Dumpster diving, in cyber security terms, appears to be possibly an outdated way to go about initially “hacking” into a business. But…

One common way for cyber criminals to get sensitive information is to go digging through an individual’s or business’s trash. YES! This does happen! This is a tried and true method called ‘dumpster diving’.

Physical Security Considerations Risk Assessment

Everyday, businesses large and small dispose of sensitive information on paper in the trash without shredding it. Strip-cutting is the type of cut you get from a shredder that leaves “long” strips of your document intact, generally the long-ways (vertical- up/down). A regular “strip-cut” shredder is better than nothing, though information can be reconstructed given some time.

A better option in a shredder is a cross-cut type shredder- this kind cuts documents long-ways as well as sideways, making small confetti that is much harder to put back together. There are different sizes of cross-cut that we do not need to get into that narrow the long-ways as well as the sideways cuts. Cross-cut is generally good enough with the cost and features for a small business.

An even more secure option is to get a shredder that does something called “micro-cut”, but can sometimes be slower to cut documents as a trade-off. It’s essentially like a cross-cut shredder, but cuts fragments even smaller! Now if you’re looking for only the best (and the most expensive), check out this list of NSA approved scanners that shred top-secret level or similar documents.

dumpster diving in cyber security
A general cross-cut on the left while micro-cut is on the right. Which do you think is harder to put back together?

The key here is for you to get shredders that (at least) cross-cut or micro-cut so that the pieces are very very hard to put back together. Put all your documents that have sensitive information through the shredder. Never miss this and your chance for dumpster diving of your sensitive documents (and something coming up out of it) will diminish greatly.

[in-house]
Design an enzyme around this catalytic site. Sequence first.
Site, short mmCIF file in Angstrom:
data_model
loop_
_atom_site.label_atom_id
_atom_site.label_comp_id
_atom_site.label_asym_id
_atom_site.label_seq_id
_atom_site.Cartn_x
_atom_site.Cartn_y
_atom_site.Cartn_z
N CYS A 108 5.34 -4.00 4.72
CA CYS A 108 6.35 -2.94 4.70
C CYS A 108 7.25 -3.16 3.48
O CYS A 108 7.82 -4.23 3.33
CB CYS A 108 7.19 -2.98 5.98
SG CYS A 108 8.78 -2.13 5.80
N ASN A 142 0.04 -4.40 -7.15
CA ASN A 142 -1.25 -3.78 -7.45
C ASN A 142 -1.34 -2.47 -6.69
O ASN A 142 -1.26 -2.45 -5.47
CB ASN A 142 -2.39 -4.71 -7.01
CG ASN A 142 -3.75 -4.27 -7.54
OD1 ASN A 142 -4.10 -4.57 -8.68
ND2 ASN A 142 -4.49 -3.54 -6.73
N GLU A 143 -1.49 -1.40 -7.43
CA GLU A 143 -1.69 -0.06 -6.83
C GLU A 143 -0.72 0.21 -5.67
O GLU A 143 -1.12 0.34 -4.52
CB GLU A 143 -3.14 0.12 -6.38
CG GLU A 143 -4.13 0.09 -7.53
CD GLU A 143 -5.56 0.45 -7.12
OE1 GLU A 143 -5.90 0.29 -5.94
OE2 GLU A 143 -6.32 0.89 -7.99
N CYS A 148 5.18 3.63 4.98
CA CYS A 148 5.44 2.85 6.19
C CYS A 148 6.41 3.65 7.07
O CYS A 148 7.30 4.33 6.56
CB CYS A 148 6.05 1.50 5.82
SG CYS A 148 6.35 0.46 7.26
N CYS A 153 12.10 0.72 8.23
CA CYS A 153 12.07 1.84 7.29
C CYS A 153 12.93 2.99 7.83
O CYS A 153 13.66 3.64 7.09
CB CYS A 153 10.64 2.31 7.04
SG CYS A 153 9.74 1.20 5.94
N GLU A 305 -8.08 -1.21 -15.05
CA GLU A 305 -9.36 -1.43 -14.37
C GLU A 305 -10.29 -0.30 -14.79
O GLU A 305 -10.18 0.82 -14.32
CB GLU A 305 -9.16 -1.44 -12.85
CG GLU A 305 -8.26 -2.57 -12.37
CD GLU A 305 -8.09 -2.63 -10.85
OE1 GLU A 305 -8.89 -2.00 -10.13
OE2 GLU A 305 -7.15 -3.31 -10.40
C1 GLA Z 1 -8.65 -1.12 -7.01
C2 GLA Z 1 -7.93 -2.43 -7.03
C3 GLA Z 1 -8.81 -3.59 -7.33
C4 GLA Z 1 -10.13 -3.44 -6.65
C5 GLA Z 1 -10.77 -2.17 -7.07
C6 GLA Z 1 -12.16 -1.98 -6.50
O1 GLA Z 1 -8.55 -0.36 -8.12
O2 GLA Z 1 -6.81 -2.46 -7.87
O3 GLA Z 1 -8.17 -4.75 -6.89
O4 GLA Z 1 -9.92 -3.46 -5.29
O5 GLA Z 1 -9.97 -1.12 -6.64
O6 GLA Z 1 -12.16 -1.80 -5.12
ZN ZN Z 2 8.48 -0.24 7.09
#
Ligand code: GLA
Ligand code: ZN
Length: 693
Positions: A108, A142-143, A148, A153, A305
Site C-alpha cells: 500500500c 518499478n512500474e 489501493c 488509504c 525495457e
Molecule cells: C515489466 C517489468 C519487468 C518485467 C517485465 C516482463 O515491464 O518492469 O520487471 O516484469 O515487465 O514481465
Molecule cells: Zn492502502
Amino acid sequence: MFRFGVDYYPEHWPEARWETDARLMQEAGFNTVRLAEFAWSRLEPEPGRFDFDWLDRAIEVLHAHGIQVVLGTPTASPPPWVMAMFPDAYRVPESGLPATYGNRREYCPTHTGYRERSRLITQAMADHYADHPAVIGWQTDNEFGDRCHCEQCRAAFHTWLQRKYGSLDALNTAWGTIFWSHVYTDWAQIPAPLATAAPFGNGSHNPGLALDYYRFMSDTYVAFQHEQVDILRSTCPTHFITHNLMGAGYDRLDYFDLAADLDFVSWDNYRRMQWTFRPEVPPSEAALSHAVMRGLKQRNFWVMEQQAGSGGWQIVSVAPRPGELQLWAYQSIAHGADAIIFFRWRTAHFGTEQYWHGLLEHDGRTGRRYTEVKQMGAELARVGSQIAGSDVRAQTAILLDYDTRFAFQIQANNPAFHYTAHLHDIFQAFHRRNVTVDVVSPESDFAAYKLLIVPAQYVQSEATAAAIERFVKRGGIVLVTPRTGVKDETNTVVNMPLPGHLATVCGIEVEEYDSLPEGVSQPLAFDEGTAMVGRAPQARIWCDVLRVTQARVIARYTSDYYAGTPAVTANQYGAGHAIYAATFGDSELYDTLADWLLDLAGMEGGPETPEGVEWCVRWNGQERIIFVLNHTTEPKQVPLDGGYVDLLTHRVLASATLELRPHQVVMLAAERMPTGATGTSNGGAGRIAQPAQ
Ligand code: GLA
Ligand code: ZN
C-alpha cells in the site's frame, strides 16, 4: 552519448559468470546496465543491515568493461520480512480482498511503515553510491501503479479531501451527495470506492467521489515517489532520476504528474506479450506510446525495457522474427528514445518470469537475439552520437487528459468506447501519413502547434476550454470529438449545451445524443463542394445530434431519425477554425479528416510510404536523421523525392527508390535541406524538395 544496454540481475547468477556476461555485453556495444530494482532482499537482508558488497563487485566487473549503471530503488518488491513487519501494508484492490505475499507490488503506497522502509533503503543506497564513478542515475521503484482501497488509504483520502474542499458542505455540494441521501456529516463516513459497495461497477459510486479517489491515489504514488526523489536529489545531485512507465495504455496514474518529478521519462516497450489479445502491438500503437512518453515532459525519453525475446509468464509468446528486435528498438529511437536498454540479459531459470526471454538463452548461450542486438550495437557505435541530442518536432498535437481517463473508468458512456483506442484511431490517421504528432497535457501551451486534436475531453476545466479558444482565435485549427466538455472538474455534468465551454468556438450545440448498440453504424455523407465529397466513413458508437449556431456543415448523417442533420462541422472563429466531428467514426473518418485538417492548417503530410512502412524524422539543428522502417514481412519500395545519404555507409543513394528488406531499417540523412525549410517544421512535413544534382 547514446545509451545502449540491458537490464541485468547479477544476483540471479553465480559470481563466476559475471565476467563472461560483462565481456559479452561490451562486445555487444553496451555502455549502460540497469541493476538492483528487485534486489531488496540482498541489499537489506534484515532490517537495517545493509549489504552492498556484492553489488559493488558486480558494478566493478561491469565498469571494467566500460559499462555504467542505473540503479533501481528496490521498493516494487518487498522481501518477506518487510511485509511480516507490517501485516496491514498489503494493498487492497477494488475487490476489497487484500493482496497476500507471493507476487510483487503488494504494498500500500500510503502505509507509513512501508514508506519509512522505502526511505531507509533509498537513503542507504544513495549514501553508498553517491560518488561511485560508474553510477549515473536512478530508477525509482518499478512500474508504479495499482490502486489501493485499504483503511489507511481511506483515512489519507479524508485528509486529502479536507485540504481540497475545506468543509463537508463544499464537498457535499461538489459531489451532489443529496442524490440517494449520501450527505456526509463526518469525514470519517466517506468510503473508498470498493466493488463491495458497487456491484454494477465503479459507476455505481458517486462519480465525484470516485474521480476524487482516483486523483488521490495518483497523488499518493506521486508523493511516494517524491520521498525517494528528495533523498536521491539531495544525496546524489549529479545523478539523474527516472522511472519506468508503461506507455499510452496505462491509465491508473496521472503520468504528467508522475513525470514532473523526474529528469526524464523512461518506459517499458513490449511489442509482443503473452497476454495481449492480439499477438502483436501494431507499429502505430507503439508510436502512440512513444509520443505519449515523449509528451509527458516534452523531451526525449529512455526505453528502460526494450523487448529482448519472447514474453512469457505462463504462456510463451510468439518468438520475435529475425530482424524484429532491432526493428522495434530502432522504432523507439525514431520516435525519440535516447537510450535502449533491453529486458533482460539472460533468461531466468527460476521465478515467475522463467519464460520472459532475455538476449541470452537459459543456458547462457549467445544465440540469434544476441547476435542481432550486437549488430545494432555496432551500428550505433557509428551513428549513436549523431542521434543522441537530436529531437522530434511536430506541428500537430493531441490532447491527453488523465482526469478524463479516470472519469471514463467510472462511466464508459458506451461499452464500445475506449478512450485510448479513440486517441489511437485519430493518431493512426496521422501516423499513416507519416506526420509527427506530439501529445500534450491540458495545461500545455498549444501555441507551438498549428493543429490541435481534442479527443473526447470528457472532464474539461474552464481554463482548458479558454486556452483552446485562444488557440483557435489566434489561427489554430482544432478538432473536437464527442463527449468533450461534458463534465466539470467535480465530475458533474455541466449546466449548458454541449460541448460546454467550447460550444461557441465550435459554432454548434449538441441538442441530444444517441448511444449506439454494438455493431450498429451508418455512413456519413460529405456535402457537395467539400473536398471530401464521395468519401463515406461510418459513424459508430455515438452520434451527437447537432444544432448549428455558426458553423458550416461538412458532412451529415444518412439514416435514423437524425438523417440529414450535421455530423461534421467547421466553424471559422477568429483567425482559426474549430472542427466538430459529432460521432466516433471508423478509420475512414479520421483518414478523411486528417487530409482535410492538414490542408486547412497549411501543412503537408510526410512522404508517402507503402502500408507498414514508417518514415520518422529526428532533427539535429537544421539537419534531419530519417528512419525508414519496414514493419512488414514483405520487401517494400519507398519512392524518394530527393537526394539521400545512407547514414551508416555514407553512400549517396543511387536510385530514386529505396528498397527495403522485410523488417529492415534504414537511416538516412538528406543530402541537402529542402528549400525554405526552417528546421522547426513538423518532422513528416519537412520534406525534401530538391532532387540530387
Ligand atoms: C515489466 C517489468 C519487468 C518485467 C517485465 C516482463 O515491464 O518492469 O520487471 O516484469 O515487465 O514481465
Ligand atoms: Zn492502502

Adding to policy that employees must shred all sensitive paper-work is a good idea as well as including several shredders for all your employees to use. This will help set a requirement to shred when necessary. Remember, sensitive information can be very private:

  • customer information
  • accounting information
  • financial information
  • employee information
  • business information

Dumpster diving, in cyber security terms, is a serious and legitimate issue. Don’t be the business that ignores a reasonably simple fix to this problem- and you may have a legal requirement to do so! Please be aware of any laws for the state or country that your business resides in regarding data disposal. You may be required to destroy data in a very specific manner. Find out about your legal requirements here:

http://www.ncsl.org/research/telecommunications-and-information-technology/data-disposal-laws.aspx

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